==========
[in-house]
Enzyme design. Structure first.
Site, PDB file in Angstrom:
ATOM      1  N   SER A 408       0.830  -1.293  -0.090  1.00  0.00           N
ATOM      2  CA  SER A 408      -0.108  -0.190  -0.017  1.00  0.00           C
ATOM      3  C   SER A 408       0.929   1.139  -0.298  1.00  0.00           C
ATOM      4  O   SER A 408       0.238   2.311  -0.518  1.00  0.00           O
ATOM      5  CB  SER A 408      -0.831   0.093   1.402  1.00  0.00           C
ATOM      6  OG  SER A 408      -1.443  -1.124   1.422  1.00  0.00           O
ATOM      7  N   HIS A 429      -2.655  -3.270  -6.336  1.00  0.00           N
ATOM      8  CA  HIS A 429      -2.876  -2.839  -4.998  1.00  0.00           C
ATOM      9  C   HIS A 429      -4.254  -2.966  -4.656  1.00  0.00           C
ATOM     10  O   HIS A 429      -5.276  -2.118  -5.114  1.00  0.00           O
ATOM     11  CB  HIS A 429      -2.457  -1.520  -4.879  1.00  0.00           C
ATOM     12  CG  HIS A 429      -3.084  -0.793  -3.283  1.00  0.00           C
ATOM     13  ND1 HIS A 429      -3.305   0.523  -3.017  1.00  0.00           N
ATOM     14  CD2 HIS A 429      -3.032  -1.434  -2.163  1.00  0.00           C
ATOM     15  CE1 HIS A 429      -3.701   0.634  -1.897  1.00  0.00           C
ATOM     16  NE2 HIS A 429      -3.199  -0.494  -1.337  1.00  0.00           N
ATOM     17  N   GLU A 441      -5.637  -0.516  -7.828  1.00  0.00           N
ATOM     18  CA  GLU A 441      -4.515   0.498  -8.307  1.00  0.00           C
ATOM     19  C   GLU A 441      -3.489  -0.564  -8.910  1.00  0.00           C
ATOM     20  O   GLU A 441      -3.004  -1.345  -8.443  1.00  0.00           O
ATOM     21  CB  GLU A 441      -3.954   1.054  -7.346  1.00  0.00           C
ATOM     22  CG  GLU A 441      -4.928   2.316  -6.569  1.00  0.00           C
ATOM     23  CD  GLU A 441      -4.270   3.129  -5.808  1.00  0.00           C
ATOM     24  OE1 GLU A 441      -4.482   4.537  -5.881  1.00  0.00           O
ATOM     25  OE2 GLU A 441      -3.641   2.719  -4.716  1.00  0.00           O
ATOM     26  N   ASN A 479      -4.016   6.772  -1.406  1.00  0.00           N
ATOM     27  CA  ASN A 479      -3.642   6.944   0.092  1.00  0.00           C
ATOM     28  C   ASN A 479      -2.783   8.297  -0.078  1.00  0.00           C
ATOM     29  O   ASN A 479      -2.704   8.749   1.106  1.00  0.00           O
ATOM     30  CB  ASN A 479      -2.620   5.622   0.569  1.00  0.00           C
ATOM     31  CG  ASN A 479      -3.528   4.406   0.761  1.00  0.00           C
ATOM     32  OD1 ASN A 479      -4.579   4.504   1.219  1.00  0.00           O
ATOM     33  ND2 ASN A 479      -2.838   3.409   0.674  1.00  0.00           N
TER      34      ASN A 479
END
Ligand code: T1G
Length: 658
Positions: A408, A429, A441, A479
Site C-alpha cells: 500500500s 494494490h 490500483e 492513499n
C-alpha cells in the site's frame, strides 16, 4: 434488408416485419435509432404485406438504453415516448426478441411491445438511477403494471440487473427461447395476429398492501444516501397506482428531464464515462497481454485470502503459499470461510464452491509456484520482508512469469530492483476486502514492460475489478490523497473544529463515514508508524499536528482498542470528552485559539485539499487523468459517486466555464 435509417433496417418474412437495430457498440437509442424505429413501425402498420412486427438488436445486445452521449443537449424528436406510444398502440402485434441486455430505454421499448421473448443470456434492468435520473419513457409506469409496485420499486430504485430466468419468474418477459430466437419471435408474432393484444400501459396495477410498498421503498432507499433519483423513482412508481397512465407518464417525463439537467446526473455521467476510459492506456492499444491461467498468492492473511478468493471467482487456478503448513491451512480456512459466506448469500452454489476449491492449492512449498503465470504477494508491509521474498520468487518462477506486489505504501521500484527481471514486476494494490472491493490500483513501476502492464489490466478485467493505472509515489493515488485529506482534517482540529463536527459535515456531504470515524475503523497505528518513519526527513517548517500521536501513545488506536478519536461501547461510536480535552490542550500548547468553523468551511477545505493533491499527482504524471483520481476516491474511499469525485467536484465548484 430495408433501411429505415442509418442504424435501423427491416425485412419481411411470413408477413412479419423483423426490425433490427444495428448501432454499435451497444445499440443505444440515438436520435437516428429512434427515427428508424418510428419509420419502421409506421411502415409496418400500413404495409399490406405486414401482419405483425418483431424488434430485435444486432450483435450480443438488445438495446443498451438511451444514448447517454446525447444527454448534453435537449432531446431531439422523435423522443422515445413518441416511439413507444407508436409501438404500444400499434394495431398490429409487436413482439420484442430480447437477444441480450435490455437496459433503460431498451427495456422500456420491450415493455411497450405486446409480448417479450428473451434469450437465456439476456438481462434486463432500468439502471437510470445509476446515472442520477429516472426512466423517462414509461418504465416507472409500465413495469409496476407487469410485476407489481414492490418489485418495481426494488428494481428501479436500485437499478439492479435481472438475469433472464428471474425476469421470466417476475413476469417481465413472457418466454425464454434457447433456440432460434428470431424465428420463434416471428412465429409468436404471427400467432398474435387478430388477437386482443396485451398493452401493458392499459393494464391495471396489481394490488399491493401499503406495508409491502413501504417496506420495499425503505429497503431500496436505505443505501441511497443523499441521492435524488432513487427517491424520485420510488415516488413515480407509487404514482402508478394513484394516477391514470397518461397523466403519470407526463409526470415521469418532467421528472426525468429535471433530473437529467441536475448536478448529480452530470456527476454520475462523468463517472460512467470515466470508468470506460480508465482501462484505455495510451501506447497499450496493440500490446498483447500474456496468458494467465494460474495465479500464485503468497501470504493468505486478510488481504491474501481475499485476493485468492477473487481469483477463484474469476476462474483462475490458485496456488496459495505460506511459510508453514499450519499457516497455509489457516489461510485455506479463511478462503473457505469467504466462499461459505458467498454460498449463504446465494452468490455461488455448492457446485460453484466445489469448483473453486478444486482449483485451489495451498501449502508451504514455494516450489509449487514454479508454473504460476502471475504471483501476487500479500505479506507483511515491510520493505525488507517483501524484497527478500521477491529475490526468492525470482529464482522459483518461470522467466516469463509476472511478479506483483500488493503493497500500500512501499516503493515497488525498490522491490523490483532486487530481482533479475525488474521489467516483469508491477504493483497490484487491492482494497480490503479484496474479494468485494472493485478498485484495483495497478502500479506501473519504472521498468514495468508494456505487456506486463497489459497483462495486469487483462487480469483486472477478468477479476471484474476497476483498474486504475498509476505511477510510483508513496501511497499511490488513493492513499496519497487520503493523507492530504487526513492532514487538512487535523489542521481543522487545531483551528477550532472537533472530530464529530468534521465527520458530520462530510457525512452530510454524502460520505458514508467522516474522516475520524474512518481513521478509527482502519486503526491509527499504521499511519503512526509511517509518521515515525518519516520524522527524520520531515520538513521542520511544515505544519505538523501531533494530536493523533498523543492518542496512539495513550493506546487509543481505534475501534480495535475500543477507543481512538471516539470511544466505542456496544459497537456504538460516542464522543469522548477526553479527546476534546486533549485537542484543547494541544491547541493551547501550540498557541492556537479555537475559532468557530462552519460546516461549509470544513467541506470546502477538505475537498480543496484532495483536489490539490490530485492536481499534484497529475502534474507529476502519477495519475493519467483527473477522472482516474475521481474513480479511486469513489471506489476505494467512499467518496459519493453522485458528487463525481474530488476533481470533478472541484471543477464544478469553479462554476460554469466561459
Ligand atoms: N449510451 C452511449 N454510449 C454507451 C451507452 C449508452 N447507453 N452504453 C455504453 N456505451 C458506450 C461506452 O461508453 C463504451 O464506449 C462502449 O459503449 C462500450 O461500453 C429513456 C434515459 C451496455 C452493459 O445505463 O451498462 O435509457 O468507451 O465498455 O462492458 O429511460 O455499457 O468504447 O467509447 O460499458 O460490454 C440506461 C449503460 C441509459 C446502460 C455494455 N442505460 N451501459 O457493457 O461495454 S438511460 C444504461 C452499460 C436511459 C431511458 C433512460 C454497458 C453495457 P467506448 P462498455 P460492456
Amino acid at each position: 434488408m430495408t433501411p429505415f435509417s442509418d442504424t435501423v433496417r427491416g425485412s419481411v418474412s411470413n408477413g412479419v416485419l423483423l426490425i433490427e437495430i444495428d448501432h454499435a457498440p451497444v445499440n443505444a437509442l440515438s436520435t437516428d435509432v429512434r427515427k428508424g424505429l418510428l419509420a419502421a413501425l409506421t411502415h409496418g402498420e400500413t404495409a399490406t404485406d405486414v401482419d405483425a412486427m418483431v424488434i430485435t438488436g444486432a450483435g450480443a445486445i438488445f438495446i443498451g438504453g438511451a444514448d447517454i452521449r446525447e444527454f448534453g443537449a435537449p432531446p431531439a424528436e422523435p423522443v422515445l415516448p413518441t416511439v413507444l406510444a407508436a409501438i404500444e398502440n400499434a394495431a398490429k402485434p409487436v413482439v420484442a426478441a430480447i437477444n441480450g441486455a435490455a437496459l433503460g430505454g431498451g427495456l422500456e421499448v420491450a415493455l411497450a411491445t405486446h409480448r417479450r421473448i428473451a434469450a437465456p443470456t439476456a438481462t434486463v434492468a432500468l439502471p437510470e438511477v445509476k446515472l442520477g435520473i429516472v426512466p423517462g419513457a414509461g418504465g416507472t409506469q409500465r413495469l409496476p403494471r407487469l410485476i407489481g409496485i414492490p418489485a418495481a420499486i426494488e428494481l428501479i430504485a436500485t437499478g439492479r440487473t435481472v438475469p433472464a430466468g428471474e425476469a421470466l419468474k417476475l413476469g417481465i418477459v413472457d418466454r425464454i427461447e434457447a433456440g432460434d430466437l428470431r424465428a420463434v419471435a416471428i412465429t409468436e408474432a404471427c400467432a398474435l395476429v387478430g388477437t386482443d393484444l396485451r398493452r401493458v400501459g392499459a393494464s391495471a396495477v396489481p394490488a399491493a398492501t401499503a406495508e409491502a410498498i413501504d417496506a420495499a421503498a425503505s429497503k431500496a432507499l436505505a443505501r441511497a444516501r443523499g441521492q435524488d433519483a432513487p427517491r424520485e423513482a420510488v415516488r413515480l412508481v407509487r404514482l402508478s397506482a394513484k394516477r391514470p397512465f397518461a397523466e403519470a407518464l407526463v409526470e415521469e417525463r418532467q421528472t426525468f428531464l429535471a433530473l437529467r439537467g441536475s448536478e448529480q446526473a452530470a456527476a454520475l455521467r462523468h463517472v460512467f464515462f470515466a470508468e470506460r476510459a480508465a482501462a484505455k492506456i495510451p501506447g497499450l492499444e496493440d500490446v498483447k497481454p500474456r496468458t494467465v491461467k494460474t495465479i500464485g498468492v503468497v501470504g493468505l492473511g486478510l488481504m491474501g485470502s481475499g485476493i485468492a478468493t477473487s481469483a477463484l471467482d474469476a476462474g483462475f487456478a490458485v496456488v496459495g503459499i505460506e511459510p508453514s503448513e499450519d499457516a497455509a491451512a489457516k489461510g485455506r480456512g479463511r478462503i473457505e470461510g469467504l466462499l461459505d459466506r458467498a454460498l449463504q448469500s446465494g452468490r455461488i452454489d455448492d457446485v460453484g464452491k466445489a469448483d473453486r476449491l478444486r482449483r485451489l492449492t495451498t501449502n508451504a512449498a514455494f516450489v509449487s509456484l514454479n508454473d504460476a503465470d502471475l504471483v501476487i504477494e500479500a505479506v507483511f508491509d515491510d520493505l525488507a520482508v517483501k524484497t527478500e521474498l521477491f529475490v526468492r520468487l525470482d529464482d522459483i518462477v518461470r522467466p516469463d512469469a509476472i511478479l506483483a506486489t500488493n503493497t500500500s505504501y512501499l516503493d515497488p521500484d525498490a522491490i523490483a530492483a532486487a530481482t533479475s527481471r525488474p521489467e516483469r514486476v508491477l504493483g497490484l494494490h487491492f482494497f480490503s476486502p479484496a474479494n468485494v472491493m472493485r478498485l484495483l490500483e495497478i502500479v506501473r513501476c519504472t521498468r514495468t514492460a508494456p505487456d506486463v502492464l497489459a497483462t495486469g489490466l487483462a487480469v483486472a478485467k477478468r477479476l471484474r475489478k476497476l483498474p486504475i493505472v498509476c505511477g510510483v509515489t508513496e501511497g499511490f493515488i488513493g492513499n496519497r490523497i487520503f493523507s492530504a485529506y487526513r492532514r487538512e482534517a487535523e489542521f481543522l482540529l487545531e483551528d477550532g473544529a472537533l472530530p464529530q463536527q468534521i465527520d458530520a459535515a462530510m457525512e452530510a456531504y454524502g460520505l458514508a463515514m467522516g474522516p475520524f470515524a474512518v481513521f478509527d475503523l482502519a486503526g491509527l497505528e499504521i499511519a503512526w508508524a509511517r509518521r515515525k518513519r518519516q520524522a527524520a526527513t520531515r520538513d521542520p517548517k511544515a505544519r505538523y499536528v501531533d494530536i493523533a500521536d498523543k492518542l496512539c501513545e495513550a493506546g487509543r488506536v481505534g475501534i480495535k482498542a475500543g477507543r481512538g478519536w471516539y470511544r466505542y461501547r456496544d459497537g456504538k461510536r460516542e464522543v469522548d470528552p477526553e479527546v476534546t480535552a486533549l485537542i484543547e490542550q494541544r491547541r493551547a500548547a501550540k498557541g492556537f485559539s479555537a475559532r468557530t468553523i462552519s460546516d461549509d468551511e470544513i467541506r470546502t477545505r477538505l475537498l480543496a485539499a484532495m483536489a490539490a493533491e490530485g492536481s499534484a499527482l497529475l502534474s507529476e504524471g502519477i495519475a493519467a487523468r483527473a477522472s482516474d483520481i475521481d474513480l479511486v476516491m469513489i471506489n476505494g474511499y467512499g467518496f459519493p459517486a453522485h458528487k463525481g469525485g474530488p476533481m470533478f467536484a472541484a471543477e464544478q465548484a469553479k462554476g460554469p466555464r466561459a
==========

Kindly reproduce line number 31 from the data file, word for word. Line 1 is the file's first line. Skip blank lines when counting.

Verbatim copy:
ATOM     28  C   ASN A 479      -2.783   8.297  -0.078  1.00  0.00           C